Newspaper Archive of
Arkansas Catholic
Little Rock, Arkansas
July 8, 1911     Arkansas Catholic
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July 8, 1911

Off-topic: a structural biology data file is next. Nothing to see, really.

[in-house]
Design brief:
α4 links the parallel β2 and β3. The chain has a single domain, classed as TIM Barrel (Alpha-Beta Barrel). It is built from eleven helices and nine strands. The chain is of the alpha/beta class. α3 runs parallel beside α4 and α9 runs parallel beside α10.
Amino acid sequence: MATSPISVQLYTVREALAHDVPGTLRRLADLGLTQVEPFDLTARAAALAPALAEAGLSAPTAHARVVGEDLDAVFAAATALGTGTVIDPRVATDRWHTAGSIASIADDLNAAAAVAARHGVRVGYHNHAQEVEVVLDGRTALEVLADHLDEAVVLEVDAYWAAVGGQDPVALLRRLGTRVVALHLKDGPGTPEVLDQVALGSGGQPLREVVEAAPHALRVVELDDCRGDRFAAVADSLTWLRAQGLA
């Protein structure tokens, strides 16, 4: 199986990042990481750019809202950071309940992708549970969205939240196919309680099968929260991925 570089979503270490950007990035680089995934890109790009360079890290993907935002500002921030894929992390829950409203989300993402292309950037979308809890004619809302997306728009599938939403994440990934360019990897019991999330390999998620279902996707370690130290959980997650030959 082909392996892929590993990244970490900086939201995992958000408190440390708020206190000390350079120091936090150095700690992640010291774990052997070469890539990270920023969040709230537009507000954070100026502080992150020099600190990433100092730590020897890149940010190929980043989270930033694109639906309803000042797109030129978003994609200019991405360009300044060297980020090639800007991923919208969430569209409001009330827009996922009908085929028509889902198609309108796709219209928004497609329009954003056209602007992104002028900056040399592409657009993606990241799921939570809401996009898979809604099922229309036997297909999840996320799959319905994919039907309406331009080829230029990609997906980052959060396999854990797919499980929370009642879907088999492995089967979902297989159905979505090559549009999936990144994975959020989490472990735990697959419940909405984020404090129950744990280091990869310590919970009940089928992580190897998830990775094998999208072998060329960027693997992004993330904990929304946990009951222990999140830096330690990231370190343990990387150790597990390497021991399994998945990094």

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rag, ro.t THE SOUTHERN GUARDIAN I The Southern Guardian I[NDEPENDENCE DAY. RIGHT HANDS OF CHURCH The Catholic Press of the United With tile uninterrupted parts of Natural gas carried from the Viv- Published Weekly by THE CATHOLIC PUBLICATION SOCIETY of the Diocese of Little Rock Business Office: 315 W. Markham St. Little Rock, Ark. Rt. Rev. J. M. Lueey, V. G., Editor A. B. Waterman, Business Manager l SUBSCRIPTION $x.$o THE YEAR OFFICIAL APPROVAL. Tile Southern Guardian is the offic- ial organ of the diocese of Little Rock, and I pray God that it may be an earnest champion in the cause of right, justice and trnth and an ardent defender of the religion which we all love so well. I extend to it :ny lfless- ing with tile sincere hope that its car- eer may he long and prosperous.-- John B. Morris, Bishop of Little Rock. SATURDAY, JULY 8, xpxx. THE CATHOLIC PAPER, ITS MISSION. In October, 19o8, the Boston Pilot, which has become one of the most influential Catholic journals in the United States began its career. At that time, as did our Right Reverend Bishop in behalf of the Southern Guardian, Archbishop O'Connell, of Boston, made .a statement to the Catholic laity as to the need of such an organ and an appeal to them to as- sist it to the end that its work might be felt. With the hope that from it the Catholics of this diocese may find some food for thought and that it may imbue them with a greater zeal in furthering the influences of this paper we publish that appeal: "No need to specify that this pa- per will be neither infallible nor fault- less; but it will, we feel assured, be truly and loyally Catholic in spirit and in tone, and truly and loyally American in civil allegiance, two char acteristics requisite for a Catholic pa- per intended for those Catholics who are also American citizens. In its pages we trust that every child of the Church will find edifi- cation and instruction, and that the general public will find there useful information. "The Catholic citizen is found in every avocation. The public official, the lawyer, the doctor, the merchant, the laborer, all have need to know what is the Catholic viewpoint in all great moral questions, in the social order and in his local environment. The short sermon on Sunday is all too brief to permit of detailed argu- ment and lengthy application. Be- sides, the good old custom of the family pew at the High Mass is un- happily apparently passing. "Unless we be willing to sit by in- active and indifferent spectators while the Faith is threatened with weakness from a thousand influences ahout us, we must bestir ourselves and do something more than praising the past, which, however, good and ex- cellent it was, i past: and which after all was the :achievement not of our- selves, but of our fathers and moth- ers. "I appeal to every head of a Cath- olic family in this Diocese to see to it that The Pilot is welcomed into his home, to be there a reliable and potent force in maintaining the sac- red influences of the Faith. The Pilot makes its advent modestly and without boast. Under Diocesan con- trol, however, it will be no uncertain voice, and no unsteady force for Catholic life and action. It hopes by support and experience to grow in usefnlness and anthority, so that the great principles of the spiritual life of the Church and the foundations of good governntent nlay be come better known and more strongly safeguard- ed. "Whoever, therefore, in tile small- est way assists The Pilot to this end is doing a work for God, for home and for country." In this materialistic age there is much of the carping spirit of hereti- cal individualism abroad, and some so-called Catholics are not free from its insufficient egotism. It is the duty of every Catholic to be a staff to his pastor in all the good work pertain- ing to the parish, to uphold his hands freely of his means and of his time as in his delicate labors by' giving as the other pressing and proper de- nlands upon his resources will per- mit, and to do this not grudgingly and under selfish protest, but as a man's free and heartfelt offering to his Creator, Whose love surpasses human understanding and Who alone can satisfy when the material things upon which we pride ourselves are found perishable and useless.The Pilot, A great thought or a noble love, like a beautiful object, bears us away from the hard and narrow world of our selfish interests, dips us in the clear waters of pure delight, and makes us glad as children who lie in the shade and catch the snowy blos- soms.The Morning Star. Independence Day was fittingly celebrated throughout Arkansas. On that day we are ntore than ordiuarily impressed with the devotion we feel to the State and its free institutions. Every nation feels it. How the Es- quimaux clings to the land of his na- tivity although tie lives in perpetml snow. Tile hardy Swiss would not exchange his bleaky land for our richest valleys. In fact, it is a conl- mendable characteristric of every nation. A pholosopher once said that "The sentiment from which it springs de- ternlines the greatness of any deed." Independence celebrations interpret history, rims mark epochs of hunlan progress and advancement. It blends the heroism, the religious faith, the noble purpose and the purest senti- ments of the country in honor of which its birth is celebrated. Print- ed in those epochs is the history of man, honoring the priest, the citizen and the soldier whose courage and sacrifice made the day possible. Every government, of whatever fornt, is not unlike the individual to whom it owes its birth and growth. A man without religious life and sentintent is a man without hope, without ideals, and hlind to the tligh- er and better entotions which dis- tinguish those of a low degree from those of a higher rank and purpose. So with nations. Those gatherings throughout our common country on July 4th, molded acquaintances into friendships. We need to mingle ill that manner oftener. JEFFERSON DAVIS' LAST PUB- LIC SPEECH. This State's recent prominence by reason of it it's succesful reunion and the interesting southern history that has appeared in our State papers leads us to believe that the following, the last public speech of Jefferson Davis will be of interest to our read- ers: "Mr. Chairman and Fellow-citizens: Ah, pardon ule. he laws of the Unit- ed States no longer permit me to designate you as fellow citizens but Iatn thankful that I may address you as my friends. I feel no regret that I stand before you this after- noon a man without a country, for nay ambition lies buried in the grave of the Confederacy. here has been consigned not only my ambition, but the domas upon which that govern- ment was based. The faces I see be- fore me are those of young men. Had 1 not known this I would not have appeared before you. Men in whose hands the destinies of our Southland lie, for love of her I break nty sil- ence to speak to you a few words of respectful admonition. The past is dead--let it bury its dead, its hopes and its aspirations; before you lies the futurea future full of golden promise, a future of exanding na- tional glory, before which all the world shall stand amazed. Let me beseech you to lay aside all rancor, all bitter sectional feelings, and to take your places in the ranks of those who will hring about a consummation devoutly to be destineda reunited country." CHURCH WAS EDUCATOR. The Right Rev. Father J. M. Lucey, V.G., of Little Rock, Ark., editor of the Southern Guardian, in his issue of June 17 published a very able editorial on the origin and his- tory of Christian schools. It is worth reading, heeding and remembering. It is seldom that a matter of this kind is so lucidly explained, and for that reason the Kentucky Irish American publishes the article in its entirety and as a ntatter of news. Sunday's epistle strikes one of the finest notes of Christian optimism "I reckon that the sufferings of this time are not worthy to be compared with the glory to come that shall be revealed in us." he lot of the average uaan in life, viewed from purely ma- terial light, does not contain much that justifies existence. The youth of most people is a pe/'iod of fretful inlpatience, and the period that suc- ceeds youth is one of increaging dis- nlay over disillusion. The religious ideal conies in to tell the youth ttmt God made him for Himself, that the moral of the parable of the talents had to be constantly applied, that the growth of man's perfection, so to speak, enhances the divine complac- ency, that, as in the life that hopes for Heaven that, though such pain is disagreeable, the life that shirks it is more disagreeable still. Life, there- fore, that is animated by Christian hope, has here its passing great re- wards and hereafter has every pain removed, and every positive joy in measure inconceivable. Christian hope therefore, even if the grave were not the gateway to fruition, is the only alchemy that can change life's mani- fest and abounding dross into gold. Denver Catholic Register. August 16th, will be the forty- third anniversary of the Episcopal consecration of His Eminence James Cardinal Gibbons, Archbishop of Bal- timore. Unique Organization of Catholic Laymen in Ark.First of Kind in the World "The first organization of its kind in the world" is tile nnique distinction enjoyed by the Catholic Laynten's Association of Arkansas, which re- cently held its second annual conven- tion in the city of Little Rock. Cath- olic laymen throughout the United States have heen the past few years forming associations so that the laity might take part in church work. Some of these associations make Catholic organization their chief fea- ture, while others devote their en- ergies to the defense of the faith and thedissenfination of Catholic truth. The Arkansas Catholic Laymen's As- sociation was formed oil the lines of general co-operation with the clergy in extending the kingdom of God on earth. The executive committee is represented by a member in each of the six deaneries or districts into which the diocese has been divided by tile Bishop so that any attack on the Church may be immediately in- vestigated and attended to. The Bishop of the diocese has in this way a reliable in every part of the State whom he may consult as necessity requires. The Laymen's convention, presid- ed over by Bishop Morris, was an in- teresting event, and brought out many points of lay service and ac- tivity. Bishop Morris, preaching at the Mass which opened the conven- tion, told how the layman ulay do his part in carrying on the work of God. "The support of the layman contributes in large part to the strength and stability of the Church," said he; "and the layman cannot do his duty by remaining passive; he must be actively engaged in promot- ing the welfare of religion. The pas- Sive attitude is generally proof pos- itive that the gospel, to make money and get on in the world, which the world has set up for itself, has taken hold of that naan's heart. To have true progress the layman must take an active part in religion. The hu- mility of him who leaves every- thing to tbe priest is of a very world- ly kind and has no merit in the eyes of God; in fact, such humility is real indifference to the salvation of souls." There are various ways, Bishop Morris said, in which the layman can be useful without intruding on the sanctuary or on the pulpit. He can be useful to the priest by taking his part against the ill-disposed, grumb- ling, ever-complaining, fault-finding elentent of the congregation, by making allowance for the seeming shortcomings of the priests when his general attitude is to sacrifice him- self for the interests of religion; that the highest manifestation of the lay Catholic's virtue consists in over- looking the crochets of tile priests and hravely putting his shoulder to the wheel to do what a layman can in the interest of religion. He urged the Catholic layman to live an earnest upright life, to set a good exant- pie and this way he would be an im- mense help to the priests and to his Church. In civic affairs also he should ahvays do his part and at all times see that his Church is not slighted. Hecan always do this without being offensive or pugnaci- ous, and reminded his hearers that the prudent Catholic wins far more for his.religion than the litigious one, -and this did not mean that he should be a coward, hut that he should fairlypresent his cause and champion it in the language and with the a'ctions of a gentleman. With reference to" the financial aid that should be accorded, he said: "The good Catholic layman is not the one who spends all he makes on his family and on himself personally, but the one who is willing togive a just and adequate share to the works of religion There is somehting wrong with th Catholic who is constantly with the Catholic who is constantly anxious that the priest may get too much and is an indication that he is not doing the duty." One of the chief works already ac- complished by the Arkansas Associa- tion is the founding of a Catholic paper, the "Southern Guardian", which under tile editorship of Msgr. Lucey, is proving a success. Pope Plus X cabled his blessing to the laymen's convention. At tile business meetings some timely pa- pers were read and discussed hy prominent laymen of the State. Said Mr. Fred A. Snodgrass of Little Rock: "The non-Catholic accepts our lives as negotiable notes, prima facie evi- dence of the value of our religion, so in the end onr creed is judged largely by the men in it. If, then, the very cleanliness of our lives intensifies their usefulness they serve either to edify or injure our separated hreth- ten, and thus by correct living pre- jud;ce, our worst foe, may he over- come. If the nearer we get to the centers of culture and refinement we do not find the Catholics among the most favored and honored the fault is in part of our own making."The Monitor, San Francisco. States will meet in convention at Columlms, Ohio, August 24 and 25th. Extensive preparations are being made for the convention, at which many noted churchmen and writers will be present. The Church is re- lying upon the Catholic press to render great service nl combating --file evils of the age, This will be upon the occasion of the convening of the United Catholic Societies in that city and is expected to be the largest nteetmg in their history. You can greatly aid your Catholic paper by sending fronl tile different parishes of the state items of inter- est to its readers. It is the desire of those who are promoting the Southern Guardian to have it reach every Catholic home in Arkansas. They have done a vast work with- out thought of pay and this is to urge you to feel that your standing oloof and announcing as to how you would run the paper is wholly with- out value to you and equally as use- less to the paper. Be a lifter, not a leaner. Tile view from Little Rock to St Joseph's Orphanage is one. ,',t the most beautiful to be seen m the south. It is to be hoped a. that institution becomes more wich..l y known it will be more fully alq)re. elated Since it bllil.L by the Right Reverend tishop of this Diocese, as a home for the home- less, both Catholic and non.Cath,Al.. it would seem as u a generous pubhc would maintain it with a hea'ly good will.. The Lorimer investigation must- convince the nation how badly we need some practical honesty in the management of tile affairs of the state. A school to be wh at it should must be managed like an honest man manages his honte. The same as to county, state and national govern- ment, requiring the same care, the same honesty, and should be imbued with the same zeal for the good of the governed. Heat prostrations mingled sadness with Indepndence Day. In Chicago alone there were nine deaths and twenty prostrations from heat. In many sections a smililar report was nlade. With two exceptions it was tile hottest day recorded since the Chicago Weather Bureau was estab- lished. Why does not some parishoner in every parish get in the habit of sending to the Southern Guardian the items of Catholic news there? In the dear old Record of Louis- ville, Ky. that has been a habit for more than a generation and what fine Catholic life it indicates[ Bishop Tihen was consecrated at Wichita, Kansas, oll Thnrsday of this week. Many thousand of vis- itors were ill the city. It was, in- deed, a great day for Catholics in the Sunflower State, in which state iio converts were contirmed during the past sixty days. Dr. J. Vincent Falisi left Tuesday Louisville, Ky., to spend two weeks with his parents. Dr. Falisi is ap- plying himself with great zeal in the line of his profession. He is a grau- ate of St. Mary's College, Kentucky and of the Louisville Medical Col- lege. It should be the source of much pleasureandgreatvaluc to us to know that every right thought strengthens the mind and as great a precaution to realize the undeniable truth that every low thought debases and de- grades the mind. If we ever forget that the future of this conmmnity and of each individu- al in it, is based upon a broader plane than petty differences we lose sight of all that will ever result in good to any of us. It has ben suggested since Nat Goodwin's marriage mistakes that he revive his old play, "A Gilded 1:oo1," and act himself as leading inan. it is a widened and extensive edu- cation which is bringing about the great exanlples of liberality which we see ahnost daily in the press of this country. The national meeting of our Feder- ated Catholic societies sends broad- cast over the nation the thoughts of tlle best Catholic minds ill the Church. Senator Lorimer has had occasion of late to reflect over the saying of Soloman: "When the wicked are in authority the people mourn " One of the first elements of good citizenship is respect for law and or- der, because freedom comes through obeying tile law. Character might be defined as that which would scorn to do a mean thing and rejoice to do that which is right. three days to burry out with the Southern Guardian that our good Msg. Lucey may take a much needed rest, and our veteran editor friend. Mr. Thos. Mattingly upon whom we were relying for the nlajor part of the work, at honte sick, we feel very much like a little boy of a lawyer friend of ours on tbe occasion of his first steam boat ride. The little fellow was mightly in- terested in everything about tile boat, and at last said to his papa: "Papa, when 1 am a man, I ant going to be a steanlboat captain." "Well, said his father, "You will have to study a great deal, and learn about matlematics, and geography and nav- igation and a great many other things before you can l)ecome a good steam boat captant." If that is the case, said tile little fellow, "I guess I'll be a lawyer, 'cause they don't have to know anything." Our venerable editor,, Msgr. Lucey, in referring to those wuo arc assist- mg wltll tne paper during Ills absence as veteran e(altors, did so ill his houl- orous vein. J:le well Knew tile one wno is acnng as suostltute t/us week renred Ironl the editorial tleld al- most a llalI a score years ago and tliat ne is too old to "conic back." l-he uitnnate good tne Southern Guardian Wli accolnplisll does not (aepend upon any one priest nor upon any one nlan or set ot nlen but upon ule united effort of the Latholics of the tate of Arkansas. Remember the Southern Guardian IS .appealing to you to llelp promote It in me tleld It holds. Our tate is improving, its vacant land is al- nlost au occupied. Its cities and towns are ulcreasing and new ones are springing up. Bear in mind that It will only succeed It actively sup- ported 0y 0ott priest and laity, l.lie paper desires to be a foe to wrong, and to 0e instrmuental in htting its readers to a higher plane of manhood and woman hood, and chiefest of all to t>e a defender of youm faith. Little Rock is carrying on a clean- up campaign. In order to inake tile work systematic and complete, a gov- ernlnent expert has been sent for to counsel witla the Board of Health. ].'his expert from the United States Marine ospltat Corps will make a personal survey of the city, and fol- lowing his advise a clean-up cant- paign can be carried on along scien- tific lines. Arkansas is awakening to the fact that it is not longer necessary to send its cotton from the fields of the state to the middle of Massachus- etts and then back again. It looks tan. Louisiana. wells is a reality in Little Rock. Texarkana will also be supplied from this field. The rates are nmch cheaper than the artificial gas. To the promoters it represents an ex- penditure of nlore than $4,5oo,oo.oo, attd the field from which it is being l)iped is the largest in the world. The educational supplement of the Morning Star, a Catholic weekly pub- lished at New Orleans gives a full re- port of the closing exercises of more than twenty-five parochial and Cath- olic High Schools in that city. What an inspiring recital of the onward march of Catholic education it con- tains. The Catholic young men of Can- ton, Ohio, have secured the sum of $I9,ooo.oo with which to build a club house. This sum was raised in one week. Little Rock needs a Catholic Cluh house or institute and an effort in that direction should meet with fruitful results. In this age of the abnormal concen- tration of wealth amidst influences which actually degenerate humanity, our Catholic laymen living the clean, healthful life upon their farms, earn- ing what they get honestly should feel their lot to be all but unhappy. The Catholic Tribune, of St. Jos- eph, Mo., chronicled last week the visit of Rev. Dr. Stoeckler, O.S.B., of the Benedictine monastery at Sub- iaco, Ark., with Rev. A. Newman of the cathedral parish in that city . The Southern Guardian desires to become engendered in the home life of the Catholics of the state. It is asking so little of you in return, merely that you read it each week and that you become interested in its growth. Think this over. At Conway the Catholics and non- ('atholics nlixed chairity with their 4th of July Celebration and raised a fund for the St. Joseph Orphanage, at Little Rock. A feeling like that bodes much for good government and good citizenship. Don't think about the weather when it is hot. \\;Vhen the mind is fully occupied with other ideas, the heat will be forgotten, and will cause less annoyance. Let us all give it "absent treatment."Catholie Colum- bian, Columbus. Whenever public sentiment is strong enough in demanding reforms to make the edmand for its best men, that character of men will be found to accept and carry out those de- mands. Public indifference is re- sponsible for many civic ills. as if the possibilities of our state are The Southern Guardian aeknowl- t>ecomlng known. The granite, the edeges receipt of an invitation to at- minerals and the raw materials of tend the sessions of the tenth Nation- Arkansas are looming up to the al Convention of the American Fed- world, eration of Catholic Societies at Col- Little Rock College should appeal to any one who expects to send his son to school this year. By the proper investigation you will find that Right Reverend Bishop Mor- ris has in that institution one of the strongest faculties in the South. 1"he new $8o,ooo dornfitory will be completed for the term beginning in September. The following was the first res- olution relating to our flag and was adopted by the Continental Congress on Junue 14th, I777: "Resolved, That the flag of the thirteeu United States be thirteen stripes, alternate red and white; that the union be thirteen stars, white on a blue field, representing a new constellation." Circuit Judge, John Gibbons,, of Chicago, announced some days ago that he did not intend to perform any more marriages, assigning as his reason that lie felt incompetent to give the occasion the solemnity it de- served. If some justices of the peace could be made to measure in that serious light, the divorce evil might be checked Let us hope and pray that the Southern Guardian will do much in the direction of bringing together in closer union the faithful of the Church, that it will assist in breaking any chain of indifference, and that it will all in all make "Our lives less like a narrow bark, Afloat upon the hungry sea." Rev. P.- F. Brannan, the well known Texas missionary, was a guest of Monsignor Lucey at the Confed- erate reunion in Little Rock recently. He went out as a drunnuer boy in 1861 with Robert E. Lee, and sur- rendered with him at Appomatox in I865.Western World. The Board of Trade of Little Rock is reaching out for business. Moves are being made which will place the city in line for big things. The Southern Guardian is pleased to see its advertisers extending their trade. umbus, Ohio, on August 2oth to 24th. The article in this issue of the Southern Guardian concerning Rev. Father Bernard Vaughan will make it nlore interesting to Catholics to know that that noted Jesuit will lec- ture in this country in September. When we read of crop conditions to the west of Arkansas, we have reason to be grateful, as Nature has been kind and bounteous in her gifts. Not only that, cotton mills, factories and oil mills are dotting the State. t[ow to reduce the cost of living is a favorite topic with the popular magazines and in this connection, it might be well to recall that Russell Sage wore a seventy-five cent straw hat and a ten dollar suit of clothes. , Rev \\;Vinand Hubert Aretz took out his final naturalization papers be- fore Federal Judge, Jacob Trieber, on Tuesday of this week. Father Aretz is chancellor of the Diocese of Little Rock. The Siters of Charity of the Pre- seration Academy, Louisville, Ky., are making their Retreat at St. Vin- cent's in Union county, that state. This is one of the most famous in- etitutions of that order in the south. About one hundred corporations surrendered their .charters in this State last week, due largely, it is claimed, to legislative changes regu- lating their management. Picture shows not only do our young people no good, they posi- tively do harnl. It is a shallow sub- ject and if allowed continuously will produce a shallow mind. After September tst, it will be un- lawful in New York for theaters to show in any of their performances anything "of a living character repre- senting the Divine Person." Ill Already extensive preparations are being made for the Eucharistic Con- gress which will convene on the 28th, of September in the City of Cincin- nati.